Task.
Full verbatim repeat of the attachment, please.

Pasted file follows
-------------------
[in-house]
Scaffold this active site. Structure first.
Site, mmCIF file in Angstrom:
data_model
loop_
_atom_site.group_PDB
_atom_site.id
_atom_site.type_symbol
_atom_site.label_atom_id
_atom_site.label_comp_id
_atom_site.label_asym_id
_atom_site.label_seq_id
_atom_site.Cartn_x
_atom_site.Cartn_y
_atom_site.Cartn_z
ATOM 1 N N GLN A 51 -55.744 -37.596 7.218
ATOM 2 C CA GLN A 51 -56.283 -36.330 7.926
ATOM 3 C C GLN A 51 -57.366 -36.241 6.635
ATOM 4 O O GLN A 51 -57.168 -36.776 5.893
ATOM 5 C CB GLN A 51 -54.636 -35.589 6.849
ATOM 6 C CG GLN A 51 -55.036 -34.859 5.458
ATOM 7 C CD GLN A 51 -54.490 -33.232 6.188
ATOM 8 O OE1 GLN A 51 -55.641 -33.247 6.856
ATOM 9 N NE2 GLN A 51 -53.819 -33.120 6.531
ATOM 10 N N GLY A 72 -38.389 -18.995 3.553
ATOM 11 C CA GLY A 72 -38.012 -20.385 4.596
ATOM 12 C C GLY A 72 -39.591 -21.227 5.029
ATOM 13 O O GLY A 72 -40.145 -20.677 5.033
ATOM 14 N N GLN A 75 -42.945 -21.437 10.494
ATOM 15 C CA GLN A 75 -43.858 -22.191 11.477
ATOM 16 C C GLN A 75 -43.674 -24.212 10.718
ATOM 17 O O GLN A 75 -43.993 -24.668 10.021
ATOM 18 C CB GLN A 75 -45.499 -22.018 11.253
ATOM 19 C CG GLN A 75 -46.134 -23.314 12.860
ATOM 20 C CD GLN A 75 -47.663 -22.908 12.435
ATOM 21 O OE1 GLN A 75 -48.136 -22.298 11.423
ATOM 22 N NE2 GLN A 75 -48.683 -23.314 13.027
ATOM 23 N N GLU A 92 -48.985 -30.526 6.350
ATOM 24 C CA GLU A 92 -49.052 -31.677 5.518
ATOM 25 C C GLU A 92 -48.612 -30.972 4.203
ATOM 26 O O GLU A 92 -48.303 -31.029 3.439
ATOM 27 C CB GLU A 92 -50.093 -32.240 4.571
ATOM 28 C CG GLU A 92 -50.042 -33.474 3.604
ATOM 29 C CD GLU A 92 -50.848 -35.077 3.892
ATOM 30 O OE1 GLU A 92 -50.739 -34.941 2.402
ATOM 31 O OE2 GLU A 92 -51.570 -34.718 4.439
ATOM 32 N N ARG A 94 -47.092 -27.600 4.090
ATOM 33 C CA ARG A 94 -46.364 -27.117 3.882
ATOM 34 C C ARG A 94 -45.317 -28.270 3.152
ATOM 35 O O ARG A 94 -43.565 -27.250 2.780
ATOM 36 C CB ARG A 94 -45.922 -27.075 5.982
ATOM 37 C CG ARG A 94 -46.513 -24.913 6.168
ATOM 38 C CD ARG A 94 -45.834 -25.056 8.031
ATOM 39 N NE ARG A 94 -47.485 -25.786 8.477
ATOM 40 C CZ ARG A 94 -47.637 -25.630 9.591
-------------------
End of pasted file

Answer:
[in-house]
Scaffold this active site. Structure first.
Site, mmCIF file in Angstrom:
data_model
loop_
_atom_site.group_PDB
_atom_site.id
_atom_site.type_symbol
_atom_site.label_atom_id
_atom_site.label_comp_id
_atom_site.label_asym_id
_atom_site.label_seq_id
_atom_site.Cartn_x
_atom_site.Cartn_y
_atom_site.Cartn_z
ATOM 1 N N GLN A 51 -55.744 -37.596 7.218
ATOM 2 C CA GLN A 51 -56.283 -36.330 7.926
ATOM 3 C C GLN A 51 -57.366 -36.241 6.635
ATOM 4 O O GLN A 51 -57.168 -36.776 5.893
ATOM 5 C CB GLN A 51 -54.636 -35.589 6.849
ATOM 6 C CG GLN A 51 -55.036 -34.859 5.458
ATOM 7 C CD GLN A 51 -54.490 -33.232 6.188
ATOM 8 O OE1 GLN A 51 -55.641 -33.247 6.856
ATOM 9 N NE2 GLN A 51 -53.819 -33.120 6.531
ATOM 10 N N GLY A 72 -38.389 -18.995 3.553
ATOM 11 C CA GLY A 72 -38.012 -20.385 4.596
ATOM 12 C C GLY A 72 -39.591 -21.227 5.029
ATOM 13 O O GLY A 72 -40.145 -20.677 5.033
ATOM 14 N N GLN A 75 -42.945 -21.437 10.494
ATOM 15 C CA GLN A 75 -43.858 -22.191 11.477
ATOM 16 C C GLN A 75 -43.674 -24.212 10.718
ATOM 17 O O GLN A 75 -43.993 -24.668 10.021
ATOM 18 C CB GLN A 75 -45.499 -22.018 11.253
ATOM 19 C CG GLN A 75 -46.134 -23.314 12.860
ATOM 20 C CD GLN A 75 -47.663 -22.908 12.435
ATOM 21 O OE1 GLN A 75 -48.136 -22.298 11.423
ATOM 22 N NE2 GLN A 75 -48.683 -23.314 13.027
ATOM 23 N N GLU A 92 -48.985 -30.526 6.350
ATOM 24 C CA GLU A 92 -49.052 -31.677 5.518
ATOM 25 C C GLU A 92 -48.612 -30.972 4.203
ATOM 26 O O GLU A 92 -48.303 -31.029 3.439
ATOM 27 C CB GLU A 92 -50.093 -32.240 4.571
ATOM 28 C CG GLU A 92 -50.042 -33.474 3.604
ATOM 29 C CD GLU A 92 -50.848 -35.077 3.892
ATOM 30 O OE1 GLU A 92 -50.739 -34.941 2.402
ATOM 31 O OE2 GLU A 92 -51.570 -34.718 4.439
ATOM 32 N N ARG A 94 -47.092 -27.600 4.090
ATOM 33 C CA ARG A 94 -46.364 -27.117 3.882
ATOM 34 C C ARG A 94 -45.317 -28.270 3.152
ATOM 35 O O ARG A 94 -43.565 -27.250 2.780
ATOM 36 C CB ARG A 94 -45.922 -27.075 5.982
ATOM 37 C CG ARG A 94 -46.513 -24.913 6.168
ATOM 38 C CD ARG A 94 -45.834 -25.056 8.031
ATOM 39 N NE ARG A 94 -47.485 -25.786 8.477
ATOM 40 C CZ ARG A 94 -47.637 -25.630 9.591